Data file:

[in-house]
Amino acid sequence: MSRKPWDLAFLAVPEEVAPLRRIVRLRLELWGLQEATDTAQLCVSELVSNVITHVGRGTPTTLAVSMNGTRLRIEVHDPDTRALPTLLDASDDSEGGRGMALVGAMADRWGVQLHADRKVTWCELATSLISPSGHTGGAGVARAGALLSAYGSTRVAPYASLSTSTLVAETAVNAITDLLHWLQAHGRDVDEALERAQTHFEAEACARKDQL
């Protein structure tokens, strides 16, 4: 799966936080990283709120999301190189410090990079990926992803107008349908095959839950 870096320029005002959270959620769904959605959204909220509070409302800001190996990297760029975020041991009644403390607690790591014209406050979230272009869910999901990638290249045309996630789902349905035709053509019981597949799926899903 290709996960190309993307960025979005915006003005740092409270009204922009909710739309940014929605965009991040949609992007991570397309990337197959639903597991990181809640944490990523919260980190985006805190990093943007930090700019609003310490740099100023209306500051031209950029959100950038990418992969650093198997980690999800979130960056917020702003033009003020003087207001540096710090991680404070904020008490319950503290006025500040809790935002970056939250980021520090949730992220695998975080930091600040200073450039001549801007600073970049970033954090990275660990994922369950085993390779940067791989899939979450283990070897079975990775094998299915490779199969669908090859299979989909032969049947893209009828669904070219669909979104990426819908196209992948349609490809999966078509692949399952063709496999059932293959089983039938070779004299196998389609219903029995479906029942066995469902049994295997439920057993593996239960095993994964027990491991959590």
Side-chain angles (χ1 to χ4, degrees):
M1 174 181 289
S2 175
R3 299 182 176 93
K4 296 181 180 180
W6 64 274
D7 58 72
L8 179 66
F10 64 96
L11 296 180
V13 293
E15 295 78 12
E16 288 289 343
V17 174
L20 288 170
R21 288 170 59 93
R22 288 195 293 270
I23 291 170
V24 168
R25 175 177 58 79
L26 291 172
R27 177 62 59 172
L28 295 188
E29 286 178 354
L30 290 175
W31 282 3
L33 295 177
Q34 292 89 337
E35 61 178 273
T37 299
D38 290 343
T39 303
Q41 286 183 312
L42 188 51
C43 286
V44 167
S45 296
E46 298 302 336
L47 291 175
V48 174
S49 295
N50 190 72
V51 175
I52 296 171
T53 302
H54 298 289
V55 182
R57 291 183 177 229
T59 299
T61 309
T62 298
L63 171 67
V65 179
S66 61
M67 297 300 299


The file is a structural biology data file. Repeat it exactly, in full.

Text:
[in-house]
Amino acid sequence: MSRKPWDLAFLAVPEEVAPLRRIVRLRLELWGLQEATDTAQLCVSELVSNVITHVGRGTPTTLAVSMNGTRLRIEVHDPDTRALPTLLDASDDSEGGRGMALVGAMADRWGVQLHADRKVTWCELATSLISPSGHTGGAGVARAGALLSAYGSTRVAPYASLSTSTLVAETAVNAITDLLHWLQAHGRDVDEALERAQTHFEAEACARKDQL
């Protein structure tokens, strides 16, 4: 799966936080990283709120999301190189410090990079990926992803107008349908095959839950 870096320029005002959270959620769904959605959204909220509070409302800001190996990297760029975020041991009644403390607690790591014209406050979230272009869910999901990638290249045309996630789902349905035709053509019981597949799926899903 290709996960190309993307960025979005915006003005740092409270009204922009909710739309940014929605965009991040949609992007991570397309990337197959639903597991990181809640944490990523919260980190985006805190990093943007930090700019609003310490740099100023209306500051031209950029959100950038990418992969650093198997980690999800979130960056917020702003033009003020003087207001540096710090991680404070904020008490319950503290006025500040809790935002970056939250980021520090949730992220695998975080930091600040200073450039001549801007600073970049970033954090990275660990994922369950085993390779940067791989899939979450283990070897079975990775094998299915490779199969669908090859299979989909032969049947893209009828669904070219669909979104990426819908196209992948349609490809999966078509692949399952063709496999059932293959089983039938070779004299196998389609219903029995479906029942066995469902049994295997439920057993593996239960095993994964027990491991959590």
Side-chain angles (χ1 to χ4, degrees):
M1 174 181 289
S2 175
R3 299 182 176 93
K4 296 181 180 180
W6 64 274
D7 58 72
L8 179 66
F10 64 96
L11 296 180
V13 293
E15 295 78 12
E16 288 289 343
V17 174
L20 288 170
R21 288 170 59 93
R22 288 195 293 270
I23 291 170
V24 168
R25 175 177 58 79
L26 291 172
R27 177 62 59 172
L28 295 188
E29 286 178 354
L30 290 175
W31 282 3
L33 295 177
Q34 292 89 337
E35 61 178 273
T37 299
D38 290 343
T39 303
Q41 286 183 312
L42 188 51
C43 286
V44 167
S45 296
E46 298 302 336
L47 291 175
V48 174
S49 295
N50 190 72
V51 175
I52 296 171
T53 302
H54 298 289
V55 182
R57 291 183 177 229
T59 299
T61 309
T62 298
L63 171 67
V65 179
S66 61
M67 297 300 299